(Furthermore, I’m not sure what use the United States of America would have for an independent Quebec. But I’m pretty sure Donald Trump would know what to do with Alberta...)

And Albertans, I think, know this, if you look at these poll results. Again, without even advocating, 60 per cent of Albertans would immediately support such a project — and half of those supporters are “strong”. That’s a landslide, folks.

So what does this all mean?

I think it means that all of the existing political entities have failed the west.

Obviously the Liberals, but the NDP doesn’t much like it either. And the Conservative Party? Well, the stats speak for themselves: People prefer another party to it; they prefer separatism to it. That’s sad.

Of course other institutions have failed, too. The mainstream media is in many ways the worst; but so are the courts — which are the primary means to attack the oil patch and pipelines. People are fed up.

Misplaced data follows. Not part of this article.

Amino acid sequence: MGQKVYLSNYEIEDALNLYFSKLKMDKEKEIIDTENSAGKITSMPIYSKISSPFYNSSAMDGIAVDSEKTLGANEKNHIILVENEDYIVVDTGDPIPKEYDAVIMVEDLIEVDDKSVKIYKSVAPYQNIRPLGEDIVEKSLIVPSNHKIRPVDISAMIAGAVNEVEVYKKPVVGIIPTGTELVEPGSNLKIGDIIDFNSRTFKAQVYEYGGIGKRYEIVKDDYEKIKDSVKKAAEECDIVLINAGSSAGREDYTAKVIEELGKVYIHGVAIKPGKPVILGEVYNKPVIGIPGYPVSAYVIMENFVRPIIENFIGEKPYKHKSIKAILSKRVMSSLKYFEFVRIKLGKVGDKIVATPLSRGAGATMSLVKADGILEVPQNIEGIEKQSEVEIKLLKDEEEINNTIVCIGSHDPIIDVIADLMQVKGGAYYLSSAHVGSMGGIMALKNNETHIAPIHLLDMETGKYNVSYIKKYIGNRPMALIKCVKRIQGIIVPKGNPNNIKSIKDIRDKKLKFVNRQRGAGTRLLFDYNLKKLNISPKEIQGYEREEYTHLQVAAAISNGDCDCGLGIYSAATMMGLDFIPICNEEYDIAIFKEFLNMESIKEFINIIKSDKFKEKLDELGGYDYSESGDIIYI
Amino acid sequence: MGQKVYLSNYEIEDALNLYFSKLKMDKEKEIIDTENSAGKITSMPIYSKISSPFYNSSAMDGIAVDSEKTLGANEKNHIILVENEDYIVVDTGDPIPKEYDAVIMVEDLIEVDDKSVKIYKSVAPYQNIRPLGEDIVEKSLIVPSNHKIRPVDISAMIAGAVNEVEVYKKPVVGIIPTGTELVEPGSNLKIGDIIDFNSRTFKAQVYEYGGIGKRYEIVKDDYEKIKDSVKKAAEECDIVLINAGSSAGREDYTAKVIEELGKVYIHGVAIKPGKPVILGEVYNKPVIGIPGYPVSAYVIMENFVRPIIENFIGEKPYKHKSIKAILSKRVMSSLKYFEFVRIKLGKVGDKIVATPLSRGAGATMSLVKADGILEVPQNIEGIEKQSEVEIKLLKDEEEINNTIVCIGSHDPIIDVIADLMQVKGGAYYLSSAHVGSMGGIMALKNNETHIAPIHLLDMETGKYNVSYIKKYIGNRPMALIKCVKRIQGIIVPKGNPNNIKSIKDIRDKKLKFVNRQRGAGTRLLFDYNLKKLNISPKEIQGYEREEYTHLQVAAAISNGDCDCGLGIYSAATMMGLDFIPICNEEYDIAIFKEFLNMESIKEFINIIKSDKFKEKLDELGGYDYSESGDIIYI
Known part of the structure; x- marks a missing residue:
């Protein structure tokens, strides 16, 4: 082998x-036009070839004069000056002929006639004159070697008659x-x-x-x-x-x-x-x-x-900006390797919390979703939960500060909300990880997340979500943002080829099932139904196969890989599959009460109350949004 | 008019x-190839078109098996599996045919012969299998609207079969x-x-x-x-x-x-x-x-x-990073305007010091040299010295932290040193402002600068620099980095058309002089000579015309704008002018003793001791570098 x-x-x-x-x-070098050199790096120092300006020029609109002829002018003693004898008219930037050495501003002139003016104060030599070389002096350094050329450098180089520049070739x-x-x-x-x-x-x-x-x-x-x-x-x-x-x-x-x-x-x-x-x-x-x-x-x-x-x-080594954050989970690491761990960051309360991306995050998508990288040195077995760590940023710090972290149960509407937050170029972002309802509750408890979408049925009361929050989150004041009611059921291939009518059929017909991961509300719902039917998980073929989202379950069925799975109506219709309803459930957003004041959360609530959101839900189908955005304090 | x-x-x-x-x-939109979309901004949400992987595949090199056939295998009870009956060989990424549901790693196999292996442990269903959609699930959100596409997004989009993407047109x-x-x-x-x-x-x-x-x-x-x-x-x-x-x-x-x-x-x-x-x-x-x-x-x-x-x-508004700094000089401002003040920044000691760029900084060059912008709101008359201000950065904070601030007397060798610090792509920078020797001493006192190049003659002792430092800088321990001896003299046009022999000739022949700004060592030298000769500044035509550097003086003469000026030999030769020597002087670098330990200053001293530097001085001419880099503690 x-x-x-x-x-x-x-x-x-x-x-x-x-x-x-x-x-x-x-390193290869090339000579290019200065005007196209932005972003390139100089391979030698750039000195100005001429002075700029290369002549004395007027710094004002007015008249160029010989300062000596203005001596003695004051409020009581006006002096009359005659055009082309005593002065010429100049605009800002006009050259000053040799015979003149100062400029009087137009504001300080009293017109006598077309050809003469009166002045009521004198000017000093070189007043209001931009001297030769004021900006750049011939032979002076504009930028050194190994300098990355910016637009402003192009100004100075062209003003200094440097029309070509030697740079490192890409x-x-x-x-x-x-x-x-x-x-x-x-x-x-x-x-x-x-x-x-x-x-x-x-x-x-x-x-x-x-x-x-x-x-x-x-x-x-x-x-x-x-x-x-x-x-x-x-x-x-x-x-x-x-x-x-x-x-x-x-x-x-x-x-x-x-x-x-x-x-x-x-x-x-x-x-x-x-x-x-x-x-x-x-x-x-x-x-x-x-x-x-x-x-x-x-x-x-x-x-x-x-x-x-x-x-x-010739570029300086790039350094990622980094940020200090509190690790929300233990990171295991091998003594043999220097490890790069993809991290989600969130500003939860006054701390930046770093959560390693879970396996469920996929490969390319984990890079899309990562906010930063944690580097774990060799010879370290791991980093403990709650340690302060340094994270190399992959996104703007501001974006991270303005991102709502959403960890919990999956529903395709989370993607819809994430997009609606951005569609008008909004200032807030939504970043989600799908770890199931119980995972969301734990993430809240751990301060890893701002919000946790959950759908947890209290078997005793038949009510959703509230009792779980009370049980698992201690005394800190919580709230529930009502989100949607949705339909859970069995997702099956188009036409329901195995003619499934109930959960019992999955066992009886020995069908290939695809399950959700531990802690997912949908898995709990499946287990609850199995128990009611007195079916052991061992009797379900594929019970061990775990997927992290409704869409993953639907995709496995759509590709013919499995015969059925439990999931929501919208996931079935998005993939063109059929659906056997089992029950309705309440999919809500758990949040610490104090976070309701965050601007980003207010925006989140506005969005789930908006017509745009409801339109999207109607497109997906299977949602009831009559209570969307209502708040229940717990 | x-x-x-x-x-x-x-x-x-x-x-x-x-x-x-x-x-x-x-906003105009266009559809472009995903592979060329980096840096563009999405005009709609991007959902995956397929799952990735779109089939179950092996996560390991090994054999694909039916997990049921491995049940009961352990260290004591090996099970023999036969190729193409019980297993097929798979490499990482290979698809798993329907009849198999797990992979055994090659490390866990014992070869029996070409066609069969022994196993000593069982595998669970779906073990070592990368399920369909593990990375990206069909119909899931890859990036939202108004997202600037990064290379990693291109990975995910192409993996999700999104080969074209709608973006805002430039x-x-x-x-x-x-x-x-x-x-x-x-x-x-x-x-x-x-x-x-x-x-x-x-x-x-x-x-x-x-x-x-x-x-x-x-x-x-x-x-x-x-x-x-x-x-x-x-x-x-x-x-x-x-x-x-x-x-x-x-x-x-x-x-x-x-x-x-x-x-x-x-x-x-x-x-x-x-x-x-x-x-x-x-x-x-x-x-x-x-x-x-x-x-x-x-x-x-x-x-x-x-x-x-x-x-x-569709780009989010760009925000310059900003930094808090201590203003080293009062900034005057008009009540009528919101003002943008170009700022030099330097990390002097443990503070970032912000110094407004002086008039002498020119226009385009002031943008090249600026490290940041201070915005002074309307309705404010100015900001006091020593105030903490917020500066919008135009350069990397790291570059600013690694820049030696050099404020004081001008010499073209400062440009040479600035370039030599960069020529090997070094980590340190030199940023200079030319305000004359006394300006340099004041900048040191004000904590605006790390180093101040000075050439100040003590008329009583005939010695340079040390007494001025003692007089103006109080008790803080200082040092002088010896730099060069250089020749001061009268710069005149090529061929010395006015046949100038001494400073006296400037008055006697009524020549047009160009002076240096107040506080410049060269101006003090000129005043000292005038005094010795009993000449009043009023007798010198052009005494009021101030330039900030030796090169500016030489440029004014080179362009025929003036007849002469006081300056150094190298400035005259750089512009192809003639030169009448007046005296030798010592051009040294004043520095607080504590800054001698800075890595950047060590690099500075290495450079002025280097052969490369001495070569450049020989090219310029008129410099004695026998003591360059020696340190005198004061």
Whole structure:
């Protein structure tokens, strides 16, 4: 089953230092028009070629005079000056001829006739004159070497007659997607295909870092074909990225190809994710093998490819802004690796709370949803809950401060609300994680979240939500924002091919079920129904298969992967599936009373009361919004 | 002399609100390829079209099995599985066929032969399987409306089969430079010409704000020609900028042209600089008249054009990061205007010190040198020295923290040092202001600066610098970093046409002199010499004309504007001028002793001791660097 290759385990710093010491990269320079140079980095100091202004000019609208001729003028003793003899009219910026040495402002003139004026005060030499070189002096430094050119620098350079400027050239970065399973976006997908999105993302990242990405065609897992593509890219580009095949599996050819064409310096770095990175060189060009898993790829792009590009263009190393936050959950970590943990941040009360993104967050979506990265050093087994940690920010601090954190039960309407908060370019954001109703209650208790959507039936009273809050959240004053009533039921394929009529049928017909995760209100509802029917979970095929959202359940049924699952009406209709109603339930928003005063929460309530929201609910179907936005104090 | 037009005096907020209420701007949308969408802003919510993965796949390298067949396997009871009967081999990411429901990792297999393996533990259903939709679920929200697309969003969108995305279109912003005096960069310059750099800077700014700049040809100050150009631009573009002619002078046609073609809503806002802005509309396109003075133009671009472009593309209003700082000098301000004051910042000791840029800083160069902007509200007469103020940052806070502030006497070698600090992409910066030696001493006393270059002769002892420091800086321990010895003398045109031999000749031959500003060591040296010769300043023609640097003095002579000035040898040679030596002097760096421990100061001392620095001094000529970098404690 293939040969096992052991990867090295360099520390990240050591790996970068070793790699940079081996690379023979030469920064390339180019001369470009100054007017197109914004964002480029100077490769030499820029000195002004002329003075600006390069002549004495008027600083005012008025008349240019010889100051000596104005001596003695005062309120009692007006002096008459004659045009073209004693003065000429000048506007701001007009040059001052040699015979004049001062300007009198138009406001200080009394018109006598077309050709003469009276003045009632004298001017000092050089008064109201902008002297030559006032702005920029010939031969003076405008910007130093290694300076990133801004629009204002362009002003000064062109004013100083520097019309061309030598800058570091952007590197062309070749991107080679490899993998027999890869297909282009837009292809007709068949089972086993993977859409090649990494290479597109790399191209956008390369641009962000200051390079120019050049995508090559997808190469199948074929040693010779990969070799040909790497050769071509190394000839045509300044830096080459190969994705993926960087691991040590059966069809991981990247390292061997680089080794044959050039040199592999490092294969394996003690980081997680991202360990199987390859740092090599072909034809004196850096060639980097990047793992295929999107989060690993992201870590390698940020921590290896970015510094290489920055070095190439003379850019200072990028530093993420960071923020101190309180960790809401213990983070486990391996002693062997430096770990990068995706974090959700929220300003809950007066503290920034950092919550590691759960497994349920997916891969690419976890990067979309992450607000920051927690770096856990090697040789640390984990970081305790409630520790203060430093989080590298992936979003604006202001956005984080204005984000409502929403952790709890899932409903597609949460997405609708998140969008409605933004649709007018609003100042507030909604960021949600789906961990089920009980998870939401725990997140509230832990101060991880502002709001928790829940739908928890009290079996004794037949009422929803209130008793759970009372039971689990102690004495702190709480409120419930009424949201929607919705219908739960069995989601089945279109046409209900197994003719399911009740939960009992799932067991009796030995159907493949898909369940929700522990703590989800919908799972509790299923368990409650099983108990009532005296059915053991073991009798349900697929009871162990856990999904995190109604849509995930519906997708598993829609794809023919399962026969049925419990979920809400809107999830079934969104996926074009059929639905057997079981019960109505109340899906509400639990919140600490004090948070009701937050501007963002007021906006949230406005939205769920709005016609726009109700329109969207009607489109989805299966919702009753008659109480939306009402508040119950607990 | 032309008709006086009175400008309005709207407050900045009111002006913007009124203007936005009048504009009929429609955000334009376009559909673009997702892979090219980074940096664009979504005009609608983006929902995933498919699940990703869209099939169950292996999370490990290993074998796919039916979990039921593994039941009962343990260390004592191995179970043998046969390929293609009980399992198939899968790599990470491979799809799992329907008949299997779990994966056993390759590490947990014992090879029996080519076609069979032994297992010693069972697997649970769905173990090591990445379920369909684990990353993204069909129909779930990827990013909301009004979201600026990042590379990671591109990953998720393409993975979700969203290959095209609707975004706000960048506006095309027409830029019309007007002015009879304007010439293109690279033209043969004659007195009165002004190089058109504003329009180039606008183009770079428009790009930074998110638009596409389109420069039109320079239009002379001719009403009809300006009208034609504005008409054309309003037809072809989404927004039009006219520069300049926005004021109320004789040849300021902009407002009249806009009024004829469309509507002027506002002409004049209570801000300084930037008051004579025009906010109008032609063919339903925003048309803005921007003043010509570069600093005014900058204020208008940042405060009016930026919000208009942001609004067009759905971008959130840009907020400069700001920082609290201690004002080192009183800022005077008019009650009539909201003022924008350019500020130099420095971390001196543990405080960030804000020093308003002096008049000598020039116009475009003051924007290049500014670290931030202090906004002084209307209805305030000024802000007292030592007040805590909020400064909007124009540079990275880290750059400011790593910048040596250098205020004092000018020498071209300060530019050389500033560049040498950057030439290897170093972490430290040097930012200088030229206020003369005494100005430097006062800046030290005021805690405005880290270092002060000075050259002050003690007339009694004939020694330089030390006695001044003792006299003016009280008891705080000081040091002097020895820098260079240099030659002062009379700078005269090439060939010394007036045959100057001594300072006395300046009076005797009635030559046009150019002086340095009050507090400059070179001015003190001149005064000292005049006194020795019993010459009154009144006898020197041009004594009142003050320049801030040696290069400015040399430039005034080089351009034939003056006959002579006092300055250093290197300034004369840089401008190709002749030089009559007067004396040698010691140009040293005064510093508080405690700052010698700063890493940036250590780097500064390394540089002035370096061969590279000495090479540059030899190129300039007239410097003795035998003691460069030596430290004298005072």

Remember, though:

They called Preston Manning a bigot for standing up for the west. Thirty years later, that playbook still seems to work. Get ready for it again.

Comments
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commented 2019-02-08 22:03:15 -0500
Huh. According to some posters here I work for the Liberals. That would be a job, wouldn’t it?

(Stay in school kids, you might get a job where the boss doesn’t care if you screw around a bit, as long as the work gets done)
commented 2019-02-08 18:53:29 -0500
“Charred Remains commented 11 hours ago
Wow.. all unknowing Andrew thinks it has an opinion on shale and and a full understanding of solids to liquids and the expensive fracking required to make that happen”